This mystery, the second in a series set in Inishowen, is a well written mystery with likeable characters. The protagonist is Ben O’Keeffe a country solicitor. Her law practice is the most northerly solicitor’s office in Ireland. ‘Ben’ is short for Benedicta, though that is not her real name… She has been in this small rural community for the past seven years following a family tragedy. Here she has made friends. Leah, her secretary/office manager, Maeve her best friend who works as a veterinarian, Phyllis, who runs the bookshop, and of course Tom Molloy, a local Garda. Ben lives just out of Malin town in a cottage which she shares with her black tomcat whose name, fittingly, is Guinness. The reader is made aware that before she came to this small place, she worked in a large law firm in Dublin – and that she suffered a personal tragedy. Even after all this time she feels like an outsider, as the village is peopled with folk who have lived there for generations.One evening, just as Ben is preparing to leave her office for the day, a woman named Marguerite Etienne comes to her to ask to have a will drawn up. In a hurry, Ben fobs her off and tells her that she will see to it the following day. But the following day, Marguerite’s body is found on the beach.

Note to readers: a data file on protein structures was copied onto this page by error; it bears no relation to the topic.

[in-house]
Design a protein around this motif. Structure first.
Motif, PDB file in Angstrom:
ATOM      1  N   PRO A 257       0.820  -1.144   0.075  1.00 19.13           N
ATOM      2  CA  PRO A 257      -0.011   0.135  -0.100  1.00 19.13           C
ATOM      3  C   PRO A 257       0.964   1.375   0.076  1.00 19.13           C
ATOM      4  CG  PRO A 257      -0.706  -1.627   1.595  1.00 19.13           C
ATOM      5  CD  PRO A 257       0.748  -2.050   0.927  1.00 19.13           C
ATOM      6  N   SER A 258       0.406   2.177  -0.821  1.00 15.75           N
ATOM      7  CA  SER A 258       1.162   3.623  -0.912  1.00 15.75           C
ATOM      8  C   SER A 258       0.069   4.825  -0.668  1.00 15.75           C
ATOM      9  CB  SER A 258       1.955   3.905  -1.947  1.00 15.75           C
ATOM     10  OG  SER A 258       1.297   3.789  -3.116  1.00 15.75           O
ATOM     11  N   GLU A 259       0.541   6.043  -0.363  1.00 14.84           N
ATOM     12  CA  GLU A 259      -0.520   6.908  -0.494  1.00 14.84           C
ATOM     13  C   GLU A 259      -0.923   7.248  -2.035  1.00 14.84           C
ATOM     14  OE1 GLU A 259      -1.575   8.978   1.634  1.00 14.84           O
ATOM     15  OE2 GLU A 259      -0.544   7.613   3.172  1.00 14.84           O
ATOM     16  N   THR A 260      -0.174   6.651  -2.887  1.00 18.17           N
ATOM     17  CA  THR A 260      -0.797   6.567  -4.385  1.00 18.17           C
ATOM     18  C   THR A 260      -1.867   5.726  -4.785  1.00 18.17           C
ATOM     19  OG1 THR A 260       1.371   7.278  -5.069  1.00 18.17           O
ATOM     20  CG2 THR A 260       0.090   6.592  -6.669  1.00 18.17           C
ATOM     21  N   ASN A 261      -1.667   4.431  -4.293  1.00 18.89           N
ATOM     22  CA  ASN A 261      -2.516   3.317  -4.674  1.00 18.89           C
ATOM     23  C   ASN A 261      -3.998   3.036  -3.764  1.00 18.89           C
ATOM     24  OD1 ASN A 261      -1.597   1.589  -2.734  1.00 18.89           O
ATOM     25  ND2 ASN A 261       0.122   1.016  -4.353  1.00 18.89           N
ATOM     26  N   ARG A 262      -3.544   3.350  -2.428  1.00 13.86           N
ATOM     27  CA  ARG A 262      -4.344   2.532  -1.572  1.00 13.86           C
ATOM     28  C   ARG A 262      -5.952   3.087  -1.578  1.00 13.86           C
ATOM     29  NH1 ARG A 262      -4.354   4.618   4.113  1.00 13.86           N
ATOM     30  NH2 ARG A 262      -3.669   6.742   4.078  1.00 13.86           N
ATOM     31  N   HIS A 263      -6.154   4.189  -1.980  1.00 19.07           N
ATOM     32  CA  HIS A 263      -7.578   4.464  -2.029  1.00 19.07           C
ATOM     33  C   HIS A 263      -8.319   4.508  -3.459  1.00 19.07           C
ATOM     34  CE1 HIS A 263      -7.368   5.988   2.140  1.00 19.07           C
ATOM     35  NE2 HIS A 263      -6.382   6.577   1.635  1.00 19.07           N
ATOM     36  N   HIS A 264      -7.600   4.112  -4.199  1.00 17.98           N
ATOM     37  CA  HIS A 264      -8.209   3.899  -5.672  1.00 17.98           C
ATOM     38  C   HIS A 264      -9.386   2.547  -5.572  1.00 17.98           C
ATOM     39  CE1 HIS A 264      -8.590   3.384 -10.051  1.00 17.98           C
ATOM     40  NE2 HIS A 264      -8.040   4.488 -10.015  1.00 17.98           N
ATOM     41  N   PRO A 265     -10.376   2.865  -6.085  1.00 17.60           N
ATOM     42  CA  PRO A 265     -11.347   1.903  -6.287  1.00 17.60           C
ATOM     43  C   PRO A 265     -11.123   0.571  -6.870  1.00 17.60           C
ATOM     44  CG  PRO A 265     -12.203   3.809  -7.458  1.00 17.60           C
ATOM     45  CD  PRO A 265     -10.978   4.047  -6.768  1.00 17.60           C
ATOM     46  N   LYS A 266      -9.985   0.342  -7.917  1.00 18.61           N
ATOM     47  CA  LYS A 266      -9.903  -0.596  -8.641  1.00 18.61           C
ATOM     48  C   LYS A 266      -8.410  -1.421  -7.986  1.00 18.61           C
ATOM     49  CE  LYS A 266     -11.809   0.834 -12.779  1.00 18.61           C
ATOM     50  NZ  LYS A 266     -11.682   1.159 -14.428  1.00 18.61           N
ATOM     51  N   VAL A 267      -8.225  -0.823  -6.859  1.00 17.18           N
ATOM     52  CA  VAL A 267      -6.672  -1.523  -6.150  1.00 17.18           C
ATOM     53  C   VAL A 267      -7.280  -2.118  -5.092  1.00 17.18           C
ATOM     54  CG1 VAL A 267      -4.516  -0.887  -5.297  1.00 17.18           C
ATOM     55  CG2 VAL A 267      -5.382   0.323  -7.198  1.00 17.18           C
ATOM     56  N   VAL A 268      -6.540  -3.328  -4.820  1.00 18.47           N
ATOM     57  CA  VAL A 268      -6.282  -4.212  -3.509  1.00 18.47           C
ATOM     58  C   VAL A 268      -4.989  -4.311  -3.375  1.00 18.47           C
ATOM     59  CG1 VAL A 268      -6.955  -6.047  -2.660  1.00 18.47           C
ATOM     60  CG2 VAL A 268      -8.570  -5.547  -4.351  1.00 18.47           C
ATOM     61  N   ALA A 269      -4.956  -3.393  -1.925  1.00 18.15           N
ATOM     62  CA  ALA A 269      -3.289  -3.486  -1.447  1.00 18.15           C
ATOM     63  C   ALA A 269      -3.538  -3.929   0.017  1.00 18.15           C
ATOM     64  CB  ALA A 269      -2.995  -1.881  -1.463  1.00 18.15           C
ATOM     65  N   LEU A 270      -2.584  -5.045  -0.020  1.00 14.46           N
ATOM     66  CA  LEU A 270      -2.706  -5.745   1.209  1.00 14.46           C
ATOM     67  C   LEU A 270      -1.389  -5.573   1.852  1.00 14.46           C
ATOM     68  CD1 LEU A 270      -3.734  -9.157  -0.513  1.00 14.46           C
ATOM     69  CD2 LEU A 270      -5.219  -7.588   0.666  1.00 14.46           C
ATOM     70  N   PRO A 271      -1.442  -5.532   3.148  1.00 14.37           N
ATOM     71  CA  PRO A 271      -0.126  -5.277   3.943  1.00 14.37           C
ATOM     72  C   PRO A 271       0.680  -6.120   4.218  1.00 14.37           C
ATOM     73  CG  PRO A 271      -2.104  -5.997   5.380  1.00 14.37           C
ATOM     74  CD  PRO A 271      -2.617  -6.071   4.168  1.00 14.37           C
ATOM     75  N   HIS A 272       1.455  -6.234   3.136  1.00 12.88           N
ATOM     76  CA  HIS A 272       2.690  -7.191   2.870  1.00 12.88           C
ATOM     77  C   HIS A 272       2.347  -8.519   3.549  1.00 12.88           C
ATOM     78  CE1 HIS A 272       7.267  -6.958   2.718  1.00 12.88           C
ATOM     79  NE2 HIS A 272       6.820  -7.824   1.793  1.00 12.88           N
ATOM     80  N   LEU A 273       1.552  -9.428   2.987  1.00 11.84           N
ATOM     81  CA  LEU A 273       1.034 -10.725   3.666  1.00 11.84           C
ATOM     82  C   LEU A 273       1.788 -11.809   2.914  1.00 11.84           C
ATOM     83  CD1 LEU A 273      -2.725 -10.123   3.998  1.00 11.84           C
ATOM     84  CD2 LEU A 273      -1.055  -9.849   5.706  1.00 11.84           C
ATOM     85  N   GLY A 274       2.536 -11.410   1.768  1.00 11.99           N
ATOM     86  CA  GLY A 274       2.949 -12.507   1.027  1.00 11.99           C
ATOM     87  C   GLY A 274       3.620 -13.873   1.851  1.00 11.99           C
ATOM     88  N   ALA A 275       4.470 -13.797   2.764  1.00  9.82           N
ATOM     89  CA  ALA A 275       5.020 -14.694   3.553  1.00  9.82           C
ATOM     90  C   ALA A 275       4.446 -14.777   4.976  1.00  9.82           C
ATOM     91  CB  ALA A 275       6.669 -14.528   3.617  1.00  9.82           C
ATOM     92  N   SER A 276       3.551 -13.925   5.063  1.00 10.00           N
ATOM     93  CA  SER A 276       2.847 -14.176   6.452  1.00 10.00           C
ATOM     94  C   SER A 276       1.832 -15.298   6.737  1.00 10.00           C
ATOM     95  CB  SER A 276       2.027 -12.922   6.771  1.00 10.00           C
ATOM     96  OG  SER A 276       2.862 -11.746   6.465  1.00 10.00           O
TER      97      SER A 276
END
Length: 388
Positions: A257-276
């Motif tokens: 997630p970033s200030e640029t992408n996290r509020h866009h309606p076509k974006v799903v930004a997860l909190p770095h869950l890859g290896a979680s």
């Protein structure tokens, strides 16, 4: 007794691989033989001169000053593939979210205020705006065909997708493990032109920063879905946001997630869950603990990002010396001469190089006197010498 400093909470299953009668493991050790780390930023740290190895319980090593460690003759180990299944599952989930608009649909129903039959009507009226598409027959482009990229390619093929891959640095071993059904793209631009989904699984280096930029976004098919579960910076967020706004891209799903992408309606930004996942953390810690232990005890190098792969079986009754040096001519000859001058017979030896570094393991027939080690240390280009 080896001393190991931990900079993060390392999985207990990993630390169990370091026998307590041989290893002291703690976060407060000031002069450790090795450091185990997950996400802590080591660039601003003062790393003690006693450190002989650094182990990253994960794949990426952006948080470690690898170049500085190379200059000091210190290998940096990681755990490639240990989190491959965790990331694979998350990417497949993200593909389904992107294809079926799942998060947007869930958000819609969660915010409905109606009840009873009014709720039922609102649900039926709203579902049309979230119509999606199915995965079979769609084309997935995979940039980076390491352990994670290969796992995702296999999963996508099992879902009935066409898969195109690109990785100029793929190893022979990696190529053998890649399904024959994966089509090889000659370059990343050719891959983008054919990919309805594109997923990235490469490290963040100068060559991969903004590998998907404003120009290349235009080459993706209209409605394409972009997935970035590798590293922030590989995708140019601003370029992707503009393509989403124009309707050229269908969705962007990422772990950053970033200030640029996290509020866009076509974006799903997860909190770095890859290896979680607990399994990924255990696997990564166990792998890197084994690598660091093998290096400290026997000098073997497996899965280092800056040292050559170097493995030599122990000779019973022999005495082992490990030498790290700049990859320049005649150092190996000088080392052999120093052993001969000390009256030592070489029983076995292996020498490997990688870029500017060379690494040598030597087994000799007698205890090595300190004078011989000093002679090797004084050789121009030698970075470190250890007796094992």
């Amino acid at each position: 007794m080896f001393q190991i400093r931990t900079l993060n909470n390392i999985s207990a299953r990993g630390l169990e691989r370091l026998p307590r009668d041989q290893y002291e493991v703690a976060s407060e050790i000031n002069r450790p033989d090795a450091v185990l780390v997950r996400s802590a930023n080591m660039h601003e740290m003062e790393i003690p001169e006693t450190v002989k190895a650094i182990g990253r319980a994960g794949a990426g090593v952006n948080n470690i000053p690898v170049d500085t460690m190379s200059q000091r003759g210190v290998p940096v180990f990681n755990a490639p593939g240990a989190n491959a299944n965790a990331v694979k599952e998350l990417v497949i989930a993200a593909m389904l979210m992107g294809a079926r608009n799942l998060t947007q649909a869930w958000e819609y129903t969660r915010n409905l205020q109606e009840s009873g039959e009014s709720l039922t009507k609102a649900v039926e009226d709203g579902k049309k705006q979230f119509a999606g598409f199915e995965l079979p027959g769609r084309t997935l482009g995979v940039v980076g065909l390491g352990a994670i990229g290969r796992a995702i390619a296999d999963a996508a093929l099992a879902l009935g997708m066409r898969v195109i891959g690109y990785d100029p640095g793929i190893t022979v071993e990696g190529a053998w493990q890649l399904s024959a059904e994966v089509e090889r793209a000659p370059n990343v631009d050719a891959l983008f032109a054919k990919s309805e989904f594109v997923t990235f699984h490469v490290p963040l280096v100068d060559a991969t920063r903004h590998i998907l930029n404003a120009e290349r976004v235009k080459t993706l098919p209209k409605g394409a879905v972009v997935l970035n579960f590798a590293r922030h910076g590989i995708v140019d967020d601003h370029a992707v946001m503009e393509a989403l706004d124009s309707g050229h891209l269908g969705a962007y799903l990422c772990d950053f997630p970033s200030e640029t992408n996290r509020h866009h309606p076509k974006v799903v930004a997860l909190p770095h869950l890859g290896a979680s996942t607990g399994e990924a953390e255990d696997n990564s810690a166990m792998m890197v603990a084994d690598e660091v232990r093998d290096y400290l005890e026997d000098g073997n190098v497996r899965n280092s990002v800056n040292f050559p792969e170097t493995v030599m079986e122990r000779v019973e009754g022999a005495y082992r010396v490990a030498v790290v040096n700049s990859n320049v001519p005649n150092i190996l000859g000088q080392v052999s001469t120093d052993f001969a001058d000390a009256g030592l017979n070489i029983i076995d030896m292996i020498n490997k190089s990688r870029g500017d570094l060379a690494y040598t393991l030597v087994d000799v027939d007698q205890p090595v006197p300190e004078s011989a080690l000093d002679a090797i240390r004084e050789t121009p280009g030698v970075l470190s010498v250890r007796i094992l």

Ben is then riddled with guilt that she did not take the time to do what Marguerite had asked her. As time goes on, despite the fact that the local Gardai have deemed Marguerite’s death a suicide, Ben is convinced that Marguerite was murdered.Without consulting with Molloy, she begins doing what she does best…. snooping around…
Having read the first novel in this series back in 2018, I’m ashamed to say that it has taken me three years to get to the second one. After reading “Treacherous Strand” I realized that I shouldn’t have waited so long. I blame my lengthy TBR.
With themes of infidelity, bloodlines, redemption, and doomsday cults, this novel will keep you interested and the flow of the narrative is smooth. The setting is atmospheric, and the characters likeable.
My only personal quibbles with the story are 1) Ben should have known better than to put herself in some of the circumstances she found herself in; and 2) I’m not comfortable with reading about cults.
The author is a solicitor herself, so that part of the narrative is knowledgeable and convincing. Not gritty by any means, yet somehow more serious than a ‘cozy’. The frisson of romantic tension between Ben and policeman/Guard Tom Molloy only slightly impact the story, but in a good way.
I can see how Ben’s ‘nosiness‘ coupled with her line of work and her romantic interest in the town’s policeman will engender many more interesting stories for this series. It is a series I intend to follow when time permits and I have just purchased the third novel “The Well of Ice” which I am greatly anticipating. Recommended. ♣
I received a complimentary digital copy of this novel from Oceanview Publishing via Edelweiss – at my request, for my own reading enjoyment and the writing of this review.
Andrea Carter graduated in law from Trinity College, Dublin. She qualified as a solicitor and moved to the Inishowen Peninsula in Co. Donegal where she lived and worked for a number of years. In 2005 she transferred to the Bar and moved to Dublin to practise as a barrister. She grew up in Ballyfin, Co. Laois.
Follow Andrea Carter on Twitter @andysaibhcarter